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#11461 - 11/04/03 10:15 PM color variations
Anonymous
Unregistered


Mutation: A change in the DNA at a particular locus in an organism. A sudden change in genotype (genetic makeup) having no relation to the intividual's ancestry

I'm not trying to start another heated debate. I'm merely stating scientific fact. Albanism is NOT a MUTATION. It is in the most simplest terms a complete homozygous recessive genotype... basically albino gliders ONLY have recessive genes. Some people are confusing mutations and homozygous recessive expressions. A mutation would be, oh lets use a foot growing out of the middle of the gliders forehead (for example), not a white glider. Recessive genes are not something that you can elminate from a population by spaying. They have always been there and will always be there but may be dominated by dominant genes.
Genetics is not a simple cut and dry, line to line science.
There are too many variables involved. The fact that there are very rarely white gliders in the wild is based on the environmental factors. White glider + green tree = easier meal. Understaning genetics is Not going to happen easily, [censored], I've got a M.S. in Genetics and it still blows my mind. The thing that seems to be confusing most of the ppl (here mainly) who have posted on this subject is that they won't let their minds grasp the one key element to comprehending or even slightly understanding genetics which is Genetics is not black or white, one way or the other.
There are literally millions of variables that will affect the outcome of just one and only one trait which will affect another and another and another. I've tried explaining genetics in the most simplest of terms (one gene pair) but that seems confuse ppl even more. The best suggestion I have to give to anyone reading this post is to do some research yourself. I'm not talking whoever's personal home page about glider colors. Do some research for yourself. Read (yes read) a book about basic mendelian genetics. We live life and take care of God's creatures, we might as well understand just a little about what is going on. I'm not trying to defend or admonish anyone in particular. I'm not trying to correct (for the most part) anyone in particular. Yes, Albino's gliders are light sensative. Are they sterile? I've seen some of mine produce and some not. Do they live shorter lives then other gliders?
Our first is still alive and he's almost 3 years old now. I'll let you know in about 10 years if that changes.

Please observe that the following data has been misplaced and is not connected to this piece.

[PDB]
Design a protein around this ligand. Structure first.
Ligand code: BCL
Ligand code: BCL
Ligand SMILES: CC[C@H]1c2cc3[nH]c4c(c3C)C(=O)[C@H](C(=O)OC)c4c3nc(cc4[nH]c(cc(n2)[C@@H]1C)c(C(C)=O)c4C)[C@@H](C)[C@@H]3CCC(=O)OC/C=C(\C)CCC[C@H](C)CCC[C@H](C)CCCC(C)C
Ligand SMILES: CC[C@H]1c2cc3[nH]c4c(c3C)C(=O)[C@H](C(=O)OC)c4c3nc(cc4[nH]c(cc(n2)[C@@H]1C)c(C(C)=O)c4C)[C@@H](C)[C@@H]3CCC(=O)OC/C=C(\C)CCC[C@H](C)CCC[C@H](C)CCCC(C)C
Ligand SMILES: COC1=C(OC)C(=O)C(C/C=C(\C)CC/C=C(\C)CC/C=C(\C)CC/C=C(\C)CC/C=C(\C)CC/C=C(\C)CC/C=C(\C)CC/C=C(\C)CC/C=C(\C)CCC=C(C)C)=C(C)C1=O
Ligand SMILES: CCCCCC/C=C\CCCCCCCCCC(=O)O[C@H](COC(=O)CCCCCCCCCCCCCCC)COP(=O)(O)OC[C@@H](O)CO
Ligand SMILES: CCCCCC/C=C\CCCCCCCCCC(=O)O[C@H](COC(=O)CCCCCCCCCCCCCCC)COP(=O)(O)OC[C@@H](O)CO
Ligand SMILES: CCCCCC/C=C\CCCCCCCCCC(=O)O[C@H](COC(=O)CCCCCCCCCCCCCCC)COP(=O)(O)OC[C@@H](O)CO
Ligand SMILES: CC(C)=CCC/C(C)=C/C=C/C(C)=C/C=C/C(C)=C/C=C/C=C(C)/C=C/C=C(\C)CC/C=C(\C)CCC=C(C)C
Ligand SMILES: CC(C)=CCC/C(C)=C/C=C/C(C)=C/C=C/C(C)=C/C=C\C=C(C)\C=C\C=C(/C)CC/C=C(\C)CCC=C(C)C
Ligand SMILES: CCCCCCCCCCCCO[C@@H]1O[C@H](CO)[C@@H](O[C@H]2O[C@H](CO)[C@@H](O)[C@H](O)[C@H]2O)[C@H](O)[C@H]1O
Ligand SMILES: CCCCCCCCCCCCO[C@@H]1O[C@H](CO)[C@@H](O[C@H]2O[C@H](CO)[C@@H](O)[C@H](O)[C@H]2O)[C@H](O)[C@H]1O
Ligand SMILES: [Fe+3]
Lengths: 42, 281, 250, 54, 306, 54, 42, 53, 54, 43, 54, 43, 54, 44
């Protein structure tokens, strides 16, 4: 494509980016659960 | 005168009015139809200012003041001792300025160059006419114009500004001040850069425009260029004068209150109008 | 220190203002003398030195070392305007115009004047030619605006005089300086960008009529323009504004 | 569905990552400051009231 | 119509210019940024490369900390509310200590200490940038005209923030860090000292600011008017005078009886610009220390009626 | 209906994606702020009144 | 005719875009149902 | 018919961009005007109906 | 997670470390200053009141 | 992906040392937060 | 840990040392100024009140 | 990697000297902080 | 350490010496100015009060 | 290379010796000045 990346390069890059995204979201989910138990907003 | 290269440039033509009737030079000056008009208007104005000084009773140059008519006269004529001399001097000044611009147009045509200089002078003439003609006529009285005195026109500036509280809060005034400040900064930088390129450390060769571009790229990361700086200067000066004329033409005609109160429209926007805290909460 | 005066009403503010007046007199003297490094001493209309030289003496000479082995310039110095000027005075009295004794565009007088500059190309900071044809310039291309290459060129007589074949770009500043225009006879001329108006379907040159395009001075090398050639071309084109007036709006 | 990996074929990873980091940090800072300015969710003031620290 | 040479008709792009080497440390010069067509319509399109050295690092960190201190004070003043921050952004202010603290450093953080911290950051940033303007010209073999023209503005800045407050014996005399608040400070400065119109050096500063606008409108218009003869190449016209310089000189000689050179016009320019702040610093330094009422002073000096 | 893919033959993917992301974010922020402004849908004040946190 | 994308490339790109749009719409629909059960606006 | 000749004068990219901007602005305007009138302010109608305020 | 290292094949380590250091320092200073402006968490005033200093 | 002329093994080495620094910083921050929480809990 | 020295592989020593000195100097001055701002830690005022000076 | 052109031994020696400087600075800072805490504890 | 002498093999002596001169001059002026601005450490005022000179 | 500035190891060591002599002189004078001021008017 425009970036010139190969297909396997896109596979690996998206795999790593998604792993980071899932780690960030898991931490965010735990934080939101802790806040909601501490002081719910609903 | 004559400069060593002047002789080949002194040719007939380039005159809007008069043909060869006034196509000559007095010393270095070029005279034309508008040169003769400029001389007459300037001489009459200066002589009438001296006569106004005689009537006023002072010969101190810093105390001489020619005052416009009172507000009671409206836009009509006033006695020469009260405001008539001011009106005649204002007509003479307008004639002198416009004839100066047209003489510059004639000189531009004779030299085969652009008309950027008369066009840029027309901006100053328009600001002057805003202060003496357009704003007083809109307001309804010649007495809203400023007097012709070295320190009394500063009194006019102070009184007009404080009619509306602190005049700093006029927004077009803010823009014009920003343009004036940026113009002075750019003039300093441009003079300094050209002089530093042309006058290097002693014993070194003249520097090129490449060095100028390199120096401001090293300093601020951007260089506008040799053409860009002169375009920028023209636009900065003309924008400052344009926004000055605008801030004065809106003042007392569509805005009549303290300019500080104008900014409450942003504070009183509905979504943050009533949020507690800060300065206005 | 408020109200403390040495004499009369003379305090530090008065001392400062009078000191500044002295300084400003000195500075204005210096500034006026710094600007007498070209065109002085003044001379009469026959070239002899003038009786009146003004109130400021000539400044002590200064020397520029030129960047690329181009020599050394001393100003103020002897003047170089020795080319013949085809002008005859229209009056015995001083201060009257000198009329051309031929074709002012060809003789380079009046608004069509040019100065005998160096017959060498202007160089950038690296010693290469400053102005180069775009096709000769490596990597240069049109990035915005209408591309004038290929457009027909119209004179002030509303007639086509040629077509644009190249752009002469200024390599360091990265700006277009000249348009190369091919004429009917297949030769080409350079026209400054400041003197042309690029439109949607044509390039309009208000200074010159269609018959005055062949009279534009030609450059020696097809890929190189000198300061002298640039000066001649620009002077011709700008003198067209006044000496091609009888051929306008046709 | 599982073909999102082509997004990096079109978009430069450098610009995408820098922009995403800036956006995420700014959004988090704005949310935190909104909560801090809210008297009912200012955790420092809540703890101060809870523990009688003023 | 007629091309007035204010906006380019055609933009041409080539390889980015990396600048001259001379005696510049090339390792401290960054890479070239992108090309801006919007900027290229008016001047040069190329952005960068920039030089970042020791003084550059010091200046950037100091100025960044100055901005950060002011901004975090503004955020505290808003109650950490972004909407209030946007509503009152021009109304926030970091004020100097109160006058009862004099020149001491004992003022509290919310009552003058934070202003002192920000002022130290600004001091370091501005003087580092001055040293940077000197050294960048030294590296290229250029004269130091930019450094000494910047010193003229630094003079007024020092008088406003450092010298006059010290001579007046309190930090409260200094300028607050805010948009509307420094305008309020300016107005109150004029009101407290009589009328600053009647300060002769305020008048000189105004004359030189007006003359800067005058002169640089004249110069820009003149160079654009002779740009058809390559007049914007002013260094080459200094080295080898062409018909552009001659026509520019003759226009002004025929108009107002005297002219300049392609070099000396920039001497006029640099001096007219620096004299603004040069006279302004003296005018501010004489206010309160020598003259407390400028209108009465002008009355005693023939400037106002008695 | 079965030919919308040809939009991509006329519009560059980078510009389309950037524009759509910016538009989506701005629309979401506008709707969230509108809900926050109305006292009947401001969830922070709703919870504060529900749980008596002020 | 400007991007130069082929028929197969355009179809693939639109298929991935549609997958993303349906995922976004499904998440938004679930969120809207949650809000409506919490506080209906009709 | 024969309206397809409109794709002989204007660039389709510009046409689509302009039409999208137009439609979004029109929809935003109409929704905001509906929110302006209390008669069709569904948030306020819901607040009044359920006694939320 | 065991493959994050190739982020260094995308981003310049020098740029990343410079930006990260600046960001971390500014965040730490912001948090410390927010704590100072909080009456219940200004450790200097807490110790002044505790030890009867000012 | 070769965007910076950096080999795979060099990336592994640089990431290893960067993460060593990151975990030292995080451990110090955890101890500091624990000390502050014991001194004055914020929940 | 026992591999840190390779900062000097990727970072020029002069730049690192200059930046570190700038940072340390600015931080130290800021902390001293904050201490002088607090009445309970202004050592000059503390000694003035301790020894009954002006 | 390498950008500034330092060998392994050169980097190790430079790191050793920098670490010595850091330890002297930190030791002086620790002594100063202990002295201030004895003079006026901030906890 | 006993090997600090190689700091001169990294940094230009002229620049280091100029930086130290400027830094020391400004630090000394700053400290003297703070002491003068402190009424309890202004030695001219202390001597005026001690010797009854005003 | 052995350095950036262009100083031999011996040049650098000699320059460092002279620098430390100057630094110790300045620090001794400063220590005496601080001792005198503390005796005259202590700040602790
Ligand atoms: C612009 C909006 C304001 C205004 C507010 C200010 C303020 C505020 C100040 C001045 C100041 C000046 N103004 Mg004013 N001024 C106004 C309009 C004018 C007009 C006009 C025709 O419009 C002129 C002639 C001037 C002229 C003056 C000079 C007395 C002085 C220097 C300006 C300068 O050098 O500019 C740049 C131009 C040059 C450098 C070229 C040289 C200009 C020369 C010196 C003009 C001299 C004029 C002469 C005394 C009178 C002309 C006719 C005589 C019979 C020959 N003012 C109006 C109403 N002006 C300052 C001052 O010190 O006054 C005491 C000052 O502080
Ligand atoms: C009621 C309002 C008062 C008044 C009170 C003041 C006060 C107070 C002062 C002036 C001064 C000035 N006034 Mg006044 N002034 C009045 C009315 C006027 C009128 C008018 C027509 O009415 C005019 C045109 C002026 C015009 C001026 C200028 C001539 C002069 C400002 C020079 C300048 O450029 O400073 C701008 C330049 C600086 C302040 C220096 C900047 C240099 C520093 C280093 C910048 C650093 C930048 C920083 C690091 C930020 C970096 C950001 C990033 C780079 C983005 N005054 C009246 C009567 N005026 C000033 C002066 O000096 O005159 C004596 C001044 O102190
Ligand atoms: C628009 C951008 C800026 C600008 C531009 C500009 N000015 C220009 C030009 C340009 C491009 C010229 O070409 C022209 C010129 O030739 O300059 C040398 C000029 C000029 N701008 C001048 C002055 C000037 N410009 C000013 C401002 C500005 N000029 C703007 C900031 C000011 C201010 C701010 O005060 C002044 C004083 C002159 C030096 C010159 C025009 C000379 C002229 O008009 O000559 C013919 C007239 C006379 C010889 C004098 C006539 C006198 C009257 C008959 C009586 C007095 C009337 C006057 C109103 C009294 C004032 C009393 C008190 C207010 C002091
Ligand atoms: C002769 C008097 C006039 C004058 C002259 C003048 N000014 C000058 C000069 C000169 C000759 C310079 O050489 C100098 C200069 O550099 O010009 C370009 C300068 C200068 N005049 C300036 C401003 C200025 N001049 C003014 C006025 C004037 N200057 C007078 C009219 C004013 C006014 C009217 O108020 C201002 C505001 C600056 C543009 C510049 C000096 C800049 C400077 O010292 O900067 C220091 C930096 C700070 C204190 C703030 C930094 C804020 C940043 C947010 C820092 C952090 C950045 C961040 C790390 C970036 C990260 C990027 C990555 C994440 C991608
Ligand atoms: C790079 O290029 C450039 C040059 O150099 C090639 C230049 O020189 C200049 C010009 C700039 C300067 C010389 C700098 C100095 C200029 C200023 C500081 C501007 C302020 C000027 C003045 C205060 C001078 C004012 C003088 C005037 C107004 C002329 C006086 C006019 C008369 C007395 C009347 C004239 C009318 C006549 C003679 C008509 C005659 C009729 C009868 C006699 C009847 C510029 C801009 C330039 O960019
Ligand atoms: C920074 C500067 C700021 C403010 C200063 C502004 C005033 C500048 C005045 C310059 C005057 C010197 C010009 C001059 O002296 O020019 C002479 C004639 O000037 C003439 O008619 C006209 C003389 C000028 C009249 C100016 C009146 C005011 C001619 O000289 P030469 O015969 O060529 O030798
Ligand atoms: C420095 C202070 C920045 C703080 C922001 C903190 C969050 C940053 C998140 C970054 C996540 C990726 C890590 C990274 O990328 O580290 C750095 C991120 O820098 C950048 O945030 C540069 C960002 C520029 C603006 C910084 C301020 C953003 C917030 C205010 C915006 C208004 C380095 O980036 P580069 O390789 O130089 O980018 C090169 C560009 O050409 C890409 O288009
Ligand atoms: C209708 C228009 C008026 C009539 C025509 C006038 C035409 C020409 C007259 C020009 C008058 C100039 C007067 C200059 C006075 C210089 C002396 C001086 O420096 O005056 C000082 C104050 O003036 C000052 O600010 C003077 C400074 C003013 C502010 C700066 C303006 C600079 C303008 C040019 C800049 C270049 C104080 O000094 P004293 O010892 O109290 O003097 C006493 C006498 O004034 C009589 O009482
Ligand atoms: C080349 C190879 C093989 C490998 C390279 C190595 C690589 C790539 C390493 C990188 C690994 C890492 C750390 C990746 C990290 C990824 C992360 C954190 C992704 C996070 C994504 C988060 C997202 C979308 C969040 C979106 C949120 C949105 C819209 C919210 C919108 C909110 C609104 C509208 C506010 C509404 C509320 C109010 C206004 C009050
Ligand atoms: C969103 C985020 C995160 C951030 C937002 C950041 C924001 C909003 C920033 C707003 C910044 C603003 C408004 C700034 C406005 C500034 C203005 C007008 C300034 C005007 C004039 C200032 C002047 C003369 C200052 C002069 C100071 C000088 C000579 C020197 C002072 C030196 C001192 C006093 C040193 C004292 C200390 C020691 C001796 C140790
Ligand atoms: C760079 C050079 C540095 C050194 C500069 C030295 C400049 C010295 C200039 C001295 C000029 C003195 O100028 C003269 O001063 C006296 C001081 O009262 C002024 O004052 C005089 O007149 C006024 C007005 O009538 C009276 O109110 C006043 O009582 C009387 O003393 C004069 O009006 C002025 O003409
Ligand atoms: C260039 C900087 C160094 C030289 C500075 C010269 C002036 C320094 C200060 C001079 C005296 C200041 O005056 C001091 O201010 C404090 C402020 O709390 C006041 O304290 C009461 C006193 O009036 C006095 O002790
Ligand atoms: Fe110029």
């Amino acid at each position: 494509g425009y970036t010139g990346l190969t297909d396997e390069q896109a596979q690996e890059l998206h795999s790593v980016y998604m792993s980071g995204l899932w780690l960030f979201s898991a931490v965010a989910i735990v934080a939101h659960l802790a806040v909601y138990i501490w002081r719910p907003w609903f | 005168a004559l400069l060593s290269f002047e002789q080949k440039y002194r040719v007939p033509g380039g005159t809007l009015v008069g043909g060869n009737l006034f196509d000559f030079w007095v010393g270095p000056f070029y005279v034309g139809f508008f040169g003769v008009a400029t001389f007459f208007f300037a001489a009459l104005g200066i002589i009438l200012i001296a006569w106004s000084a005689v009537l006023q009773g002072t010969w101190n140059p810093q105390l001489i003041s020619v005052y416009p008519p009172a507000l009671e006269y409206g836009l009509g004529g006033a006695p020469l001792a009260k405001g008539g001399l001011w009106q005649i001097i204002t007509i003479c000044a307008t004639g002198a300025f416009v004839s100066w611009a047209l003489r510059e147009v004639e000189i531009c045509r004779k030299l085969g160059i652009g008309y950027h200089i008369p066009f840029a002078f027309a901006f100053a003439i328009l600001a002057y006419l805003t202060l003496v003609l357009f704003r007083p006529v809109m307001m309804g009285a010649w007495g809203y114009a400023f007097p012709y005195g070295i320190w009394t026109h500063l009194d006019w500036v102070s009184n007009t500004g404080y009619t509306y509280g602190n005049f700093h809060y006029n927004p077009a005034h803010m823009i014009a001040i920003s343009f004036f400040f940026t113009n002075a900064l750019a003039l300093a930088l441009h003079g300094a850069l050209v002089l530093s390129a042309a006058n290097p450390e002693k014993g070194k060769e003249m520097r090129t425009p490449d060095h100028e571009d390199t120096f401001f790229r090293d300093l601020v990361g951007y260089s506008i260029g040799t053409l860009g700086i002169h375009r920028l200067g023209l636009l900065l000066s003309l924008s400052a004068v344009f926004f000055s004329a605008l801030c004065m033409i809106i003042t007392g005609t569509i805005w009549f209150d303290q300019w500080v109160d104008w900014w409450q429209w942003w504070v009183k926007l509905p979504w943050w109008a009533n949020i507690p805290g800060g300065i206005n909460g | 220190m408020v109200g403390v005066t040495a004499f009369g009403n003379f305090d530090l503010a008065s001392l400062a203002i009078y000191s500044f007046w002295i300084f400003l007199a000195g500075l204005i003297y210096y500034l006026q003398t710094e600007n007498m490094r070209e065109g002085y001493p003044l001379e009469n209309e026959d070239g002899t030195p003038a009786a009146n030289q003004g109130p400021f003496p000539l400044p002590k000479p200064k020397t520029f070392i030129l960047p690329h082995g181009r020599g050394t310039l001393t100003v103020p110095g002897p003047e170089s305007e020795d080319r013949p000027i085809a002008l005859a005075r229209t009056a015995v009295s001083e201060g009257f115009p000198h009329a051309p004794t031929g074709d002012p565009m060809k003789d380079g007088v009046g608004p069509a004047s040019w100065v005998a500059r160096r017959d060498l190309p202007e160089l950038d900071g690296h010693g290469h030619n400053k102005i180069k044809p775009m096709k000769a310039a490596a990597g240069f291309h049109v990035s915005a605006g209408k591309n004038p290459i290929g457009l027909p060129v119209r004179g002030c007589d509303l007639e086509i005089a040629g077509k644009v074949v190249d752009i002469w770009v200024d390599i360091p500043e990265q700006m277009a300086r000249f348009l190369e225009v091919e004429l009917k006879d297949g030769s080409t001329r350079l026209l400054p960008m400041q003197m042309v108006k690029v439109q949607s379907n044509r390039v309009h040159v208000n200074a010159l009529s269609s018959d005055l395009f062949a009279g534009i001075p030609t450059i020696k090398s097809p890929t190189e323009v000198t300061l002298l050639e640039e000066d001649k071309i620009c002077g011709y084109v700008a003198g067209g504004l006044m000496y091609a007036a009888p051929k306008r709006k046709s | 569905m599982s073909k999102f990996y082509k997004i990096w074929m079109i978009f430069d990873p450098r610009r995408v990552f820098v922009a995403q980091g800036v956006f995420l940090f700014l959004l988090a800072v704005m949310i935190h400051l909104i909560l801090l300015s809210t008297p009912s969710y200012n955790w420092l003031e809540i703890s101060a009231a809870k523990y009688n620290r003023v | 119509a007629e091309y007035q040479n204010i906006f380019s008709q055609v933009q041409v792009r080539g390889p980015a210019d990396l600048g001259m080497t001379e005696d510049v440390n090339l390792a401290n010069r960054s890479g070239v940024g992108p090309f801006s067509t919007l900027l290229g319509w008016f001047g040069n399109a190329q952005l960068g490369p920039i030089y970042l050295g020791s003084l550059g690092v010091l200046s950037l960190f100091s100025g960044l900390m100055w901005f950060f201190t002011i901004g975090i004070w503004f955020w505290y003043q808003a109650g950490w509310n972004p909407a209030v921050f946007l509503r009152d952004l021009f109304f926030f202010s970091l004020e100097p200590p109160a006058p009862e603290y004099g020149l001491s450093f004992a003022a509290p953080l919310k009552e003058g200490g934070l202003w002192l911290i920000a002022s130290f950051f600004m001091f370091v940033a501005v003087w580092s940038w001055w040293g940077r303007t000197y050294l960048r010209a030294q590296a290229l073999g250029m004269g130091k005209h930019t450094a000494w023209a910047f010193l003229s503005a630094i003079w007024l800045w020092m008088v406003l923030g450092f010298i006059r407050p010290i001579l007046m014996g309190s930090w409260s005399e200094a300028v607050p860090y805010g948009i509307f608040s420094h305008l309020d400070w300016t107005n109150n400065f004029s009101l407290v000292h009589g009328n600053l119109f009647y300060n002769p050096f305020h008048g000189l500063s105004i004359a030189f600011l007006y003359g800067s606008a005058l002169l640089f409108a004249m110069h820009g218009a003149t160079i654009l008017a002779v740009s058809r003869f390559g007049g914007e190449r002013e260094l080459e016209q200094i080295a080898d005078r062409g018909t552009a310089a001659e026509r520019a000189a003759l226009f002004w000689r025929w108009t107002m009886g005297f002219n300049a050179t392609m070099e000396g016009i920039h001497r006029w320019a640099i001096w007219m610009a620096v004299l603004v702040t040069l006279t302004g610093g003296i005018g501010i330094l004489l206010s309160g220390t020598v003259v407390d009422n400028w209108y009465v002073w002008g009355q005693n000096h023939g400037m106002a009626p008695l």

I understand that seeing the recent increase of unusual glider colors can be disconcerting but it is not a mutation.
It simply is the genetic variance that naturally occurs.
Why is it exhibiting itself now? Well for the most part not many gliders are being inported, and variations like this are what naturally occur in a close genetic pool (I'm gonna catch [censored] for that one) which for the most part is what we have. NOT INBRED gliders. Mutations do occur but what is being exhibited with our gliders is not a mutation.
Again, I challenge anyone who doesn't agree with me to do the research yourself... get a book and look it up. Don't just believe what I tell you (or anyone else for that matter) find out the truth about things in life. And don't think for one instance that anyone who is able to read this post is too dumb or stupid to do the research.
You're reading this post aren't you? <img src="/ubbthreads/images/graemlins/tongue.gif" alt="" />

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#11462 - 11/04/03 10:34 PM Re: color variations [Re: ]
SugarBaby22 Offline
Serious Glideritis

Registered: 07/18/02
Posts: 5697
Loc: Phoenix, AZ
<img src="/ubbthreads/images/graemlins/yelclap.gif" alt="" /> <img src="/ubbthreads/images/graemlins/yelclap.gif" alt="" /> <img src="/ubbthreads/images/graemlins/yelclap.gif" alt="" /> <img src="/ubbthreads/images/graemlins/yelclap.gif" alt="" /> <img src="/ubbthreads/images/graemlins/yelclap.gif" alt="" /> <img src="/ubbthreads/images/graemlins/yelclap.gif" alt="" /> <img src="/ubbthreads/images/graemlins/yelclap.gif" alt="" /> <img src="/ubbthreads/images/graemlins/yelclap.gif" alt="" />

[:"blue"] Great information!!! <img src="/ubbthreads/images/graemlins/thumb.gif" alt="" /> [/]
_________________________
Linda

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#11463 - 11/04/03 10:44 PM Re: color variations [Re: ]
Anonymous
Unregistered


WOW...that was absolutely wonderful. i may not know the world about gliders but i do know a lot about science. and everything that you said in your post is so on target. it was said PERFECT. you just described genetics as simply and as easily as i have ever heard before. and that my friends was definately short and sweet!!! <img src="/ubbthreads/images/graemlins/grin.gif" alt="" /> I applaud you for your post. <img src="/ubbthreads/images/graemlins/yelclap.gif" alt="" /> <img src="/ubbthreads/images/graemlins/yelclap.gif" alt="" /> <img src="/ubbthreads/images/graemlins/yelclap.gif" alt="" /> <img src="/ubbthreads/images/graemlins/yelclap.gif" alt="" /> and i most definately agree. here is a thumbs up to a very wise individual!!!!thumb <img src="/ubbthreads/images/graemlins/thumb.gif" alt="" />

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#11464 - 11/08/03 12:03 PM Re: color variations [Re: ]
Anonymous
Unregistered